3. Fixed term employment contracts are limited to circumstances where the work to be performed is a “one-off” task or the nature of the work is temporary; the work is expected to be completed within a short time frame and must take no longer than 3 (three) years; the work is seasonal; or the work relates to a new product or activity or to an existing product that is still in the experimental stage or phase. Fixed term contracts must be made in Bahasa, or will be deemed to be a permanent contract.

Japan 1. A company’s work rules will form part of an employee’s terms of employment; in practice many Japanese companies that have work rules in place do not enter into written employment contracts with their employees. 


2. Given the lifetime employment system in Japan, it is extremely difficult to legally dismiss an employee. It is common to pay a severance package to an employee in return for the employee’s agreement to voluntarily resign.


3. In general, an employer cannot require an employee to work more than 8 hours a day (even with pay) unless the employer has entered into a written labour management agreement with a labour union that has more than half the employees in the workplace as union members or, if there is no such labour union, with an employee representative who represents the majority of the employees in the workplace.

Thailand 1. If an employer unilaterally terminates an employee who is not on a fixed term contract, the employer must pay to the employee severance pay within three days of the termination taking effect. The amount of severance pay is calculated according to a sliding scale based on the employee’s duration of employment.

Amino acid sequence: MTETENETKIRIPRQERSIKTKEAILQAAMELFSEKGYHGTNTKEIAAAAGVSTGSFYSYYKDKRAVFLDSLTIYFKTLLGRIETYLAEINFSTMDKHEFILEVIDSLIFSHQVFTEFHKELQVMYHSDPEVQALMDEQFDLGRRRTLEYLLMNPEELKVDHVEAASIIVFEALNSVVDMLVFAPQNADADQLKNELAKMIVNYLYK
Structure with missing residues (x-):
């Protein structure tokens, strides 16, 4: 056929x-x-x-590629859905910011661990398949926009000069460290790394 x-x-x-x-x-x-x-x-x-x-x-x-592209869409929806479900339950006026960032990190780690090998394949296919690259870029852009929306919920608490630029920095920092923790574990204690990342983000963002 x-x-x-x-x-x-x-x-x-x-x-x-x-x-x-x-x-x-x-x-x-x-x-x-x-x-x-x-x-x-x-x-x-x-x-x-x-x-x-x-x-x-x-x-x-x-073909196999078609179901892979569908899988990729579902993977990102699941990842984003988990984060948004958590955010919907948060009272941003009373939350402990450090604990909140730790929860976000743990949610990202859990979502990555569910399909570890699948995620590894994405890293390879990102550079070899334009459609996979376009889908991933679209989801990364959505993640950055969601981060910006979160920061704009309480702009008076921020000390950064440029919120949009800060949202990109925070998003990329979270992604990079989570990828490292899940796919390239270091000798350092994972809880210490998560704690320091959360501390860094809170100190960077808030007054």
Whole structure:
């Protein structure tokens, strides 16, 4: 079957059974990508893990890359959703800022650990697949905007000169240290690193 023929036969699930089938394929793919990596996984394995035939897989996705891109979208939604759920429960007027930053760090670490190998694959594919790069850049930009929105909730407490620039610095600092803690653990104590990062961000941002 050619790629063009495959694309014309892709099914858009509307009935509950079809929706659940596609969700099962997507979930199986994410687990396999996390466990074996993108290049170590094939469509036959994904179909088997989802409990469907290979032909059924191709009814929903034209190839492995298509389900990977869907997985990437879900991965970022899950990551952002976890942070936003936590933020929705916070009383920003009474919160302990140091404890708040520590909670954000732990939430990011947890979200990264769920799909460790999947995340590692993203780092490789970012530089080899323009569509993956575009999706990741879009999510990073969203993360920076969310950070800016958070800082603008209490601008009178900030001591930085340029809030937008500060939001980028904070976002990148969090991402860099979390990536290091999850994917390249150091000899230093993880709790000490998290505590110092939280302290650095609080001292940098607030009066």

2. It is not possible to prevent an employee from bringing a claim against an employer for unfair dismissal; an employee retains the right to bring a claim in all employment termination circumstances, including if the employee voluntarily resigns or enters into a mutual agreement to cease employment.


3. Unless an employee consents, an employer is prohibited from amending employee benefits if the result of the amendment is less favourable to the employee.

Australia 1. Statutory employment laws in Australia exist at both the Federal and State levels. This means that depending on the State or Territory in which your employees are based, different rules may apply in relation to matters regulated by State/Territory legislation, such as long service leave, workers compensation and prohibited grounds of discrimination. 


2. The minimum terms and conditions of employment set out in legislation do not necessarily paint a full picture of an Australian employee’s minimum statutory entitlements. Federal legislation imposes asystem of “awards”, which are documents setting out particular minimum conditions that apply to employers in particular industries and employees performing particular types of jobs. There are 122 “modern” awards and approximately 1 in 5 employees in Australia are covered by an award.


3. Employees in Australia are entitled to “long service leave” which rewards long service with an employer by providing a period of paid leave, and an employer may be required to pay out accruals if employment ends before the leave is taken. The length of time required to become eligible to take long service leave or to be paid out on termination differs depending on the source of the entitlement (State/Territory legislation or an industrial instrument) but typically ranges from 5-10 years service. In many cases prior service with an overseas related entity may be required to be taken into account for long service leave accrual purposes.


herbert smith Freehills


For further information, please contact:


Fatim Jumabhoy, Herbert Smith Freehills

[email protected]


Jasmine Chen, Herbert Smith Freehills
[email protected]
Celia Yuen, Herbert Smith Freehills
[email protected]
Helen Beech, Herbert Smith Freehills
[email protected]
Florence Cheung, Herbert Smith Freehills
[email protected]
Janaki Tampi, Herbert Smith Freehills
[email protected]
Narendra Adiyasa, Hiswara Bunjamin & Tandjung
[email protected]